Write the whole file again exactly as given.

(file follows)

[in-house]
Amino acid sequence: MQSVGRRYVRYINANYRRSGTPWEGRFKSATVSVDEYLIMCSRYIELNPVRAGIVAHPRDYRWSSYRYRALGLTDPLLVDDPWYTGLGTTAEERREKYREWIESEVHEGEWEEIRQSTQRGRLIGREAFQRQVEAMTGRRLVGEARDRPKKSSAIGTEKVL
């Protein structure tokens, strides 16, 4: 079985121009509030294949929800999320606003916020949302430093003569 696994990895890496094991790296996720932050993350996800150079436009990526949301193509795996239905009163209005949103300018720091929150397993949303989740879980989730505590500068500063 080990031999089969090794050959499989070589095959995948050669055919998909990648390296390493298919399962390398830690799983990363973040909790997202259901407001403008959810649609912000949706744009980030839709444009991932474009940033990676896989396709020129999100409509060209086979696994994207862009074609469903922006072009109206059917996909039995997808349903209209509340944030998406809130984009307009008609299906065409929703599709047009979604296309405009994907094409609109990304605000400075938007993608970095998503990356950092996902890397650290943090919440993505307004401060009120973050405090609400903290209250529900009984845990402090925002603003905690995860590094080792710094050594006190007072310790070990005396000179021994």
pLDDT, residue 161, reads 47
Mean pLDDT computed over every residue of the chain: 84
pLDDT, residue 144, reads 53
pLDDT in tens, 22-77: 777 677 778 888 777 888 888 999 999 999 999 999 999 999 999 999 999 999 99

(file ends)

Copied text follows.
[in-house]
Amino acid sequence: MQSVGRRYVRYINANYRRSGTPWEGRFKSATVSVDEYLIMCSRYIELNPVRAGIVAHPRDYRWSSYRYRALGLTDPLLVDDPWYTGLGTTAEERREKYREWIESEVHEGEWEEIRQSTQRGRLIGREAFQRQVEAMTGRRLVGEARDRPKKSSAIGTEKVL
């Protein structure tokens, strides 16, 4: 079985121009509030294949929800999320606003916020949302430093003569 696994990895890496094991790296996720932050993350996800150079436009990526949301193509795996239905009163209005949103300018720091929150397993949303989740879980989730505590500068500063 080990031999089969090794050959499989070589095959995948050669055919998909990648390296390493298919399962390398830690799983990363973040909790997202259901407001403008959810649609912000949706744009980030839709444009991932474009940033990676896989396709020129999100409509060209086979696994994207862009074609469903922006072009109206059917996909039995997808349903209209509340944030998406809130984009307009008609299906065409929703599709047009979604296309405009994907094409609109990304605000400075938007993608970095998503990356950092996902890397650290943090919440993505307004401060009120973050405090609400903290209250529900009984845990402090925002603003905690995860590094080792710094050594006190007072310790070990005396000179021994």
pLDDT, residue 161, reads 47
Mean pLDDT computed over every residue of the chain: 84
pLDDT, residue 144, reads 53
pLDDT in tens, 22-77: 777 677 778 888 777 888 888 999 999 999 999 999 999 999 999 999 999 999 99